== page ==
### 5.2.2 Systemic (objectual) flux model

#### 5.2.2.1 Overview

As for the flux’s systemic model, we must use the specific concepts of this approach, as the definition 5.2.1 also states, we shall be dealing with a realizable spatial objects distribution, and these processes are subjected to a collective and specific motion process. According to the objectual philosophy, the motion of an object means the motion of its inner object’s reference system, against an outer object’s reference (that is because the inner reference system of the object represents the object within its external relations). Any object is also decomposable up to the level of an elementary object, the element of primary realizable distribution, with a DP support, and according to the systemic theory, this last object being meant to replace the virtual point from the classic mathematic model.

The virtual point (dimensionless) from 3D space characteristic for the classic approach, which had to be “surrounded” by a volume element, becomes the inner T reference of an elementary 3D object with an invariant dV volume, at which the inner R reference is associated, and this is made-up (in a Cartesian-type RS) from three length elements dx, dy, dz, with the directions X, Y, Z which are orthogonal one another. For the real fluxes of some cumulative attributes, the most suitable selection of the inner T reference position is the central one, that is in the middle of the intervals dx, dy, dz, which is a position associated to the circumstances described in the current specialized references, with the “surrounding” of the T reference point.

Comment 5.2.2.1.1: As it is minutely presented in annex X.3, the definition mode of the elementary objects is one of the major differences between the objectual philosophy and the classic mathematics or physics. If according to the classic approach, the volume, area or length element is the result of a process (at limit) of a gradual decrease towards zero of these elements, according to the objectual approach (by means of realizable distributions) the elementary object may be obtained by meeting a simple condition that the distribution of the dependent attribute to be considered as uniform (even for the most uneven areas of the distribution from which the element belongs to) on its inner domain. It is true that the gradual decrease towards zero fulfills the condition of the uniform distribution, but this method (of extreme abstraction) has many inconveniences which are coming from the fact that the informational restrictions imposed by the realizability of both of the abstract processes and of IPS which runs these processes are not taken into account. The gradual decrease towards zero of the elementary interval cannot be used any longer when the distribution support is a segment of the natural numbers set. Besides the issue concerning the size of the elementary objects, another main difference in the specific approach of this paper consists in the compulsory presence, for each object, even elementary one, of an inner reference system, that is a system which represents the object in its external relations.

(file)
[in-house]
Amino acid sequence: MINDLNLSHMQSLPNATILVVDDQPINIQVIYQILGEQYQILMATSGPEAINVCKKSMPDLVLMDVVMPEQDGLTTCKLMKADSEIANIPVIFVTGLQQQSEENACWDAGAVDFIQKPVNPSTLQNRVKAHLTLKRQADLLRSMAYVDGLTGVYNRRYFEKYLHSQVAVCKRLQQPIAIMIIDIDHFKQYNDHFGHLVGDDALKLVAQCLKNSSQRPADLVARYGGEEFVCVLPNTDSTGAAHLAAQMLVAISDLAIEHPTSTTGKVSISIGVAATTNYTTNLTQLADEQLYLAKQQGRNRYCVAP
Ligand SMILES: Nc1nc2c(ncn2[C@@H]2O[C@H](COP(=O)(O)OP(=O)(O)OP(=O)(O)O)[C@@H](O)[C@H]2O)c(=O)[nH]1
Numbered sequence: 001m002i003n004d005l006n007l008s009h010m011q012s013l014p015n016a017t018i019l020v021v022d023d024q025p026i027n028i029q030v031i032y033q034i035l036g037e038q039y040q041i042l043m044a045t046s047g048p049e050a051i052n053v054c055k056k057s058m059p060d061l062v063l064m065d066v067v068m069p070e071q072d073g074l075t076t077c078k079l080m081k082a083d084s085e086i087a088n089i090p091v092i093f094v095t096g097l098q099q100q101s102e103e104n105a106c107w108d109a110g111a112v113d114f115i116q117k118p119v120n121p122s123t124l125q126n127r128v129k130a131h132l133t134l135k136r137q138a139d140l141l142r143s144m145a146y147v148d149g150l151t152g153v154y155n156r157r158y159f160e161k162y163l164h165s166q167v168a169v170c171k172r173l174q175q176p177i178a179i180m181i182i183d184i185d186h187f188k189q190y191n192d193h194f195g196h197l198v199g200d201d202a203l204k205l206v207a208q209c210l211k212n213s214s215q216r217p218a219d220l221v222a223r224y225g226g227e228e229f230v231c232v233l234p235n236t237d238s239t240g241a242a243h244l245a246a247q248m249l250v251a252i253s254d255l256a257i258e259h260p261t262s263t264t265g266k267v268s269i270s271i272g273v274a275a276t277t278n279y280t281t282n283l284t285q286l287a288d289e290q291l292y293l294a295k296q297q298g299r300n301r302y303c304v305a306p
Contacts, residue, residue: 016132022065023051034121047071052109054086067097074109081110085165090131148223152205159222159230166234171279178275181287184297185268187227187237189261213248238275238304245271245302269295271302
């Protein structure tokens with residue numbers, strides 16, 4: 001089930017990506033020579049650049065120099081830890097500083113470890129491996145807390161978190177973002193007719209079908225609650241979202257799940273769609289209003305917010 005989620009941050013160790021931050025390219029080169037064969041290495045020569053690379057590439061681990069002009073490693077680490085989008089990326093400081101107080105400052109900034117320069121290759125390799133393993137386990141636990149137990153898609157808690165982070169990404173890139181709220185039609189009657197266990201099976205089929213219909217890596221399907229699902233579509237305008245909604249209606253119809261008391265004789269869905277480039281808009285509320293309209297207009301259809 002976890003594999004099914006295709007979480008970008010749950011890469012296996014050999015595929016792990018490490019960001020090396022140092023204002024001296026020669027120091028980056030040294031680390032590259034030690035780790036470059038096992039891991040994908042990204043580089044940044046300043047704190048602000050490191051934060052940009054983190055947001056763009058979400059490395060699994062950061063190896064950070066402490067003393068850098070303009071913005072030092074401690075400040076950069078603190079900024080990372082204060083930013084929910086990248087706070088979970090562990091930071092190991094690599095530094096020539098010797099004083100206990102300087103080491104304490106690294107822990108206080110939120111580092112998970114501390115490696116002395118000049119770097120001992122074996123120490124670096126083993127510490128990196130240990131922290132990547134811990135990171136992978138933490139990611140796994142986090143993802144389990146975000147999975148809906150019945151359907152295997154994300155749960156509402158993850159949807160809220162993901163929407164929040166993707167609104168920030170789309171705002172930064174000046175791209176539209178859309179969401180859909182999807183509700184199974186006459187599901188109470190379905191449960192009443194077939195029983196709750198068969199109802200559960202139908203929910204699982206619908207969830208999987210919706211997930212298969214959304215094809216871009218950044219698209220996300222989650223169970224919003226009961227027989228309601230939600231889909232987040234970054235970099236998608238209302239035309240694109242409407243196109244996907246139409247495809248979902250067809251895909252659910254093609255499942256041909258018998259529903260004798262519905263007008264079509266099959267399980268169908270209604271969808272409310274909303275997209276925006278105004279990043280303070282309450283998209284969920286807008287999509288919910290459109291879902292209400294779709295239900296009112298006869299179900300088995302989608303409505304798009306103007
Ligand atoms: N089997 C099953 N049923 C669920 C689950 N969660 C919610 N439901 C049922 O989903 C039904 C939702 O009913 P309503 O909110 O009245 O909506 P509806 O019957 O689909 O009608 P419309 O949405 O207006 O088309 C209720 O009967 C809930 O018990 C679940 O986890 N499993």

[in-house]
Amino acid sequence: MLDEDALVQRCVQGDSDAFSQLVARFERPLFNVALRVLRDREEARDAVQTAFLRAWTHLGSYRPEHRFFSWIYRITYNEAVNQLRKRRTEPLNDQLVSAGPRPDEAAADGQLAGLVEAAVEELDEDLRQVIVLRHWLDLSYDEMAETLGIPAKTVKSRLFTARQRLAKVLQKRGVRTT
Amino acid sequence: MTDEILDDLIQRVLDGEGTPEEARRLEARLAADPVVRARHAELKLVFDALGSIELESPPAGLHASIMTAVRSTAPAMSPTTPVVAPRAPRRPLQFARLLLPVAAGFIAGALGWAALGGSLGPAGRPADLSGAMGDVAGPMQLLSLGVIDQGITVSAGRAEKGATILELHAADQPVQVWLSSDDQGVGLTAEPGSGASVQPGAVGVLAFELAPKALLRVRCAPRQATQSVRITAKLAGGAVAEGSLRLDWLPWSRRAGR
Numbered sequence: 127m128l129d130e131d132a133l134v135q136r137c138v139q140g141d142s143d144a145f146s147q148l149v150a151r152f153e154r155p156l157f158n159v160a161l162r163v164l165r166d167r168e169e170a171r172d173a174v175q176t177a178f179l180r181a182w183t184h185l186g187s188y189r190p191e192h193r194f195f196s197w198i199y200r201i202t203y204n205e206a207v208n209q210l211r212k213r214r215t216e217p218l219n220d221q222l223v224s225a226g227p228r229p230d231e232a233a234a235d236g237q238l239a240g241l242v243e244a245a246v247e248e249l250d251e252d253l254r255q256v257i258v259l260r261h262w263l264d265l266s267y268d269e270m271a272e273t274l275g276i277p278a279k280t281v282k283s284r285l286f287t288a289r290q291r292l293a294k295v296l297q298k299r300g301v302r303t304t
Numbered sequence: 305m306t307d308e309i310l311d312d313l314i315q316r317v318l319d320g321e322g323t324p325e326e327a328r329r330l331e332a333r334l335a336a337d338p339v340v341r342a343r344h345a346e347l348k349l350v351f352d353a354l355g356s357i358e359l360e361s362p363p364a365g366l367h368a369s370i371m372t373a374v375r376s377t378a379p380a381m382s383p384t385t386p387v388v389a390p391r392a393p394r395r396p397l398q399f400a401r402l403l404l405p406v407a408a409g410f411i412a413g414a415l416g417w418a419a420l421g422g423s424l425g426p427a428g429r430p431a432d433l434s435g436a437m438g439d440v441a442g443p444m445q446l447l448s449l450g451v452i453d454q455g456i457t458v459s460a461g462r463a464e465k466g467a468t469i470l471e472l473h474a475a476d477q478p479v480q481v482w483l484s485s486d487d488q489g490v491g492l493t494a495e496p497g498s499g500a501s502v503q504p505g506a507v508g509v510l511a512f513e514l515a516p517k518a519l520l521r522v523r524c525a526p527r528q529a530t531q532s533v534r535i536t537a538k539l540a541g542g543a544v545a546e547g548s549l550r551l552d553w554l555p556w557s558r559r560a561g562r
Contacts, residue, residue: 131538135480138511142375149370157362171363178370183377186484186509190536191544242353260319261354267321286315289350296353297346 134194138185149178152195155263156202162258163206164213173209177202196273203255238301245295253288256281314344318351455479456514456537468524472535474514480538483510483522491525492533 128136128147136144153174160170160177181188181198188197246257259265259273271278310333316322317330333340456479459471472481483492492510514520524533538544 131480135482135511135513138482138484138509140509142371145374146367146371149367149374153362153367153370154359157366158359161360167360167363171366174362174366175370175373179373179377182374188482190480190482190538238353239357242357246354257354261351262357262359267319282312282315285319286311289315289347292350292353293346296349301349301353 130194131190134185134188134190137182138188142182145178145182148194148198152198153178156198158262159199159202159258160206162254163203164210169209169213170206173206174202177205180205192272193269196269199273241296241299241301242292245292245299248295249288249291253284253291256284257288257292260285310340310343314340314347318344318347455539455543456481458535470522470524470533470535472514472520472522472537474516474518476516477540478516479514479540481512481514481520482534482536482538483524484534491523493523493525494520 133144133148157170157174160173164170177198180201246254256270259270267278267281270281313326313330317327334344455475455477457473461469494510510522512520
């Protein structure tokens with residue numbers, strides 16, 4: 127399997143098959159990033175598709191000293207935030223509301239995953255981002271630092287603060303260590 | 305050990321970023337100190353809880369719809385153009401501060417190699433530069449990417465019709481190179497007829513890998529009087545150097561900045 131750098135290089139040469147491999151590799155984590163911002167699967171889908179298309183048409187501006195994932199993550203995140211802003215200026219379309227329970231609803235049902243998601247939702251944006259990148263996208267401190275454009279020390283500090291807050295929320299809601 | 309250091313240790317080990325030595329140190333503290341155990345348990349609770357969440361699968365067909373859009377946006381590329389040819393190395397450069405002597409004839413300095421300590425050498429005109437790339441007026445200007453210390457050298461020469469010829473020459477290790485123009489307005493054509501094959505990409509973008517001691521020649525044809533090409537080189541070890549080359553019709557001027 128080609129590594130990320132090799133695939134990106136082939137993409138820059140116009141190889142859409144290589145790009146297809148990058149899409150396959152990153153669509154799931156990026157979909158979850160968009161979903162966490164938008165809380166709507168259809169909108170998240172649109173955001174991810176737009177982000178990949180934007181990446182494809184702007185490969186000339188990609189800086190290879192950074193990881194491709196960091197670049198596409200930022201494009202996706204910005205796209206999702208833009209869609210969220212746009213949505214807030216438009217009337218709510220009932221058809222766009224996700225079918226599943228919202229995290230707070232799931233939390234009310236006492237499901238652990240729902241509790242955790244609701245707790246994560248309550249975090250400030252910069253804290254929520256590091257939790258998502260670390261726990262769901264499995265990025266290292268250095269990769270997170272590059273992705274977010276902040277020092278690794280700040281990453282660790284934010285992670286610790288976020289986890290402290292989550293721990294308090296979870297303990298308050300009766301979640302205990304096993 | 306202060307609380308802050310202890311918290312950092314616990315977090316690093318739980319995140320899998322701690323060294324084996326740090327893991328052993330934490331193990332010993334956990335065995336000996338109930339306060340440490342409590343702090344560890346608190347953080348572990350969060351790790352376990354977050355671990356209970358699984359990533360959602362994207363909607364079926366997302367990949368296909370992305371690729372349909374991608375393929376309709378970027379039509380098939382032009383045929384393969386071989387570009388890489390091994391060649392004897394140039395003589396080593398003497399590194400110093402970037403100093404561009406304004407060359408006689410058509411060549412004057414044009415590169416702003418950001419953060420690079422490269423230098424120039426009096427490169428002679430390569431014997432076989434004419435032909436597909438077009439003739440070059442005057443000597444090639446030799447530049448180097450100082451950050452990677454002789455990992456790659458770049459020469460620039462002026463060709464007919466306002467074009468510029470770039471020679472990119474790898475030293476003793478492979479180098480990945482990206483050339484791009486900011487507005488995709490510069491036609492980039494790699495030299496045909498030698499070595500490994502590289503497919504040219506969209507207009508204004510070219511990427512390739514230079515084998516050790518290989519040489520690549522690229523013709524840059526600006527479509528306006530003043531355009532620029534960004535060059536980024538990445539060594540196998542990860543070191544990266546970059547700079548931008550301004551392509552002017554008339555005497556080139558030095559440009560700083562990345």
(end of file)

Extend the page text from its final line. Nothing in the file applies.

During the motion process, the relations deployed by an object involved in the flux both with the external reference and with its neighbors (the objects from its nearby proximity) are very important. If the spatial relations between the flux’s objects remain invariant, the object as a whole will move as a solid body; if the relations are only partly or non-invariant, the motion will be a fluid-type one, as we are about to see next. Thus, a new and coherent way for the classification of the media types seems to occur, depending on the RS spatial component which is variable during the motion process, classification which shall be depicted in the following chapter.

Under the systemic flux model, the elementary flux represents the motion of an elementary object against the outer reference. The main condition which must be fulfilled by any object is the invariance of its model properties during its entire existence period; therefore, the object’s motion means the simultaneous motion of all its properties. Reciprocally, any motion of a property, namely of its flux, means the motion of some material objects to whom that particular attribute belongs to. In other words, there cannot be a flux of an amount without the existence of its material support (see annex X.13 for the difference between the concepts of material support and abstract support).